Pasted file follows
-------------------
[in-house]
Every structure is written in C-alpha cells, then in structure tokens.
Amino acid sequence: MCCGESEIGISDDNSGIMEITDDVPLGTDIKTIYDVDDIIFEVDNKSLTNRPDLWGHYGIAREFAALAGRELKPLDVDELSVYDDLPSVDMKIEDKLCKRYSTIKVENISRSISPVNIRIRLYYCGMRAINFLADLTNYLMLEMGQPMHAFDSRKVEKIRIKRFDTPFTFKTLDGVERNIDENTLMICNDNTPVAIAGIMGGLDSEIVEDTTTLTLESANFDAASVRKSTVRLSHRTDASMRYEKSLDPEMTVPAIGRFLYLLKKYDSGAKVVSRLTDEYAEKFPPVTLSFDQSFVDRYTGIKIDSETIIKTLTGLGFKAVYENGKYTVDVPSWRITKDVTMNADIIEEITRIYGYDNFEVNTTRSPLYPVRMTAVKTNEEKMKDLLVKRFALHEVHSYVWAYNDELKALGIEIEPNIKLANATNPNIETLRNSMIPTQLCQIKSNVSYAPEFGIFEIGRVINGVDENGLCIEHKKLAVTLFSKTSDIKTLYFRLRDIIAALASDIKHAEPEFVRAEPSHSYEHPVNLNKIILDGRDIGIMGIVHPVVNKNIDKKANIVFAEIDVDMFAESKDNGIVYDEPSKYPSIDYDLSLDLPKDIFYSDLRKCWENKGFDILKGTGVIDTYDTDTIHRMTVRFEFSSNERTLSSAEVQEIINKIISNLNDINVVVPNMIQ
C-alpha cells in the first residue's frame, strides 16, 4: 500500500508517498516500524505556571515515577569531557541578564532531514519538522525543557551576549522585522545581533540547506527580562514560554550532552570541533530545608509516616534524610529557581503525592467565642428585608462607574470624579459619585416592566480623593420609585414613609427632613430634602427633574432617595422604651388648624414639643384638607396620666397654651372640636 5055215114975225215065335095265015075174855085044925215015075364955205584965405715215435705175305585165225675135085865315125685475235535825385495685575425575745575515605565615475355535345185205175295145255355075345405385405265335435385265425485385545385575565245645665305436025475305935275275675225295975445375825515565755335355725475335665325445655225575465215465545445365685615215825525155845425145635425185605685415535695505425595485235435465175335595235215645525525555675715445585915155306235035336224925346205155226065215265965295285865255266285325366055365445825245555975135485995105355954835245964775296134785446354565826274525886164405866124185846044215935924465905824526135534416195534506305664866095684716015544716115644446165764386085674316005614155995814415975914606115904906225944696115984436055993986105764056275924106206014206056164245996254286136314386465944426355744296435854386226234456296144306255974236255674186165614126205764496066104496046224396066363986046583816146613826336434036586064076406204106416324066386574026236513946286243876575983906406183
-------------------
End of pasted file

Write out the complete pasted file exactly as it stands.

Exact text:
[in-house]
Every structure is written in C-alpha cells, then in structure tokens.
Amino acid sequence: MCCGESEIGISDDNSGIMEITDDVPLGTDIKTIYDVDDIIFEVDNKSLTNRPDLWGHYGIAREFAALAGRELKPLDVDELSVYDDLPSVDMKIEDKLCKRYSTIKVENISRSISPVNIRIRLYYCGMRAINFLADLTNYLMLEMGQPMHAFDSRKVEKIRIKRFDTPFTFKTLDGVERNIDENTLMICNDNTPVAIAGIMGGLDSEIVEDTTTLTLESANFDAASVRKSTVRLSHRTDASMRYEKSLDPEMTVPAIGRFLYLLKKYDSGAKVVSRLTDEYAEKFPPVTLSFDQSFVDRYTGIKIDSETIIKTLTGLGFKAVYENGKYTVDVPSWRITKDVTMNADIIEEITRIYGYDNFEVNTTRSPLYPVRMTAVKTNEEKMKDLLVKRFALHEVHSYVWAYNDELKALGIEIEPNIKLANATNPNIETLRNSMIPTQLCQIKSNVSYAPEFGIFEIGRVINGVDENGLCIEHKKLAVTLFSKTSDIKTLYFRLRDIIAALASDIKHAEPEFVRAEPSHSYEHPVNLNKIILDGRDIGIMGIVHPVVNKNIDKKANIVFAEIDVDMFAESKDNGIVYDEPSKYPSIDYDLSLDLPKDIFYSDLRKCWENKGFDILKGTGVIDTYDTDTIHRMTVRFEFSSNERTLSSAEVQEIINKIISNLNDINVVVPNMIQ
C-alpha cells in the first residue's frame, strides 16, 4: 500500500508517498516500524505556571515515577569531557541578564532531514519538522525543557551576549522585522545581533540547506527580562514560554550532552570541533530545608509516616534524610529557581503525592467565642428585608462607574470624579459619585416592566480623593420609585414613609427632613430634602427633574432617595422604651388648624414639643384638607396620666397654651372640636 5055215114975225215065335095265015075174855085044925215015075364955205584965405715215435705175305585165225675135085865315125685475235535825385495685575425575745575515605565615475355535345185205175295145255355075345405385405265335435385265425485385545385575565245645665305436025475305935275275675225295975445375825515565755335355725475335665325445655225575465215465545445365685615215825525155845425145635425185605685415535695505425595485235435465175335595235215645525525555675715445585915155306235035336224925346205155226065215265965295285865255266285325366055365445825245555975135485995105355954835245964775296134785446354565826274525886164405866124185846044215935924465905824526135534416195534506305664866095684716015544716115644446165764386085674316005614155995814415975914606115904906225944696115984436055993986105764056275924106206014206056164245996254286136314386465944426355744296435854386226234456296144306255974236255674186165614126205764496066104496046224396066363986046583816146613826336434036586064076406204106416324066386574026236513946286243876575983906406183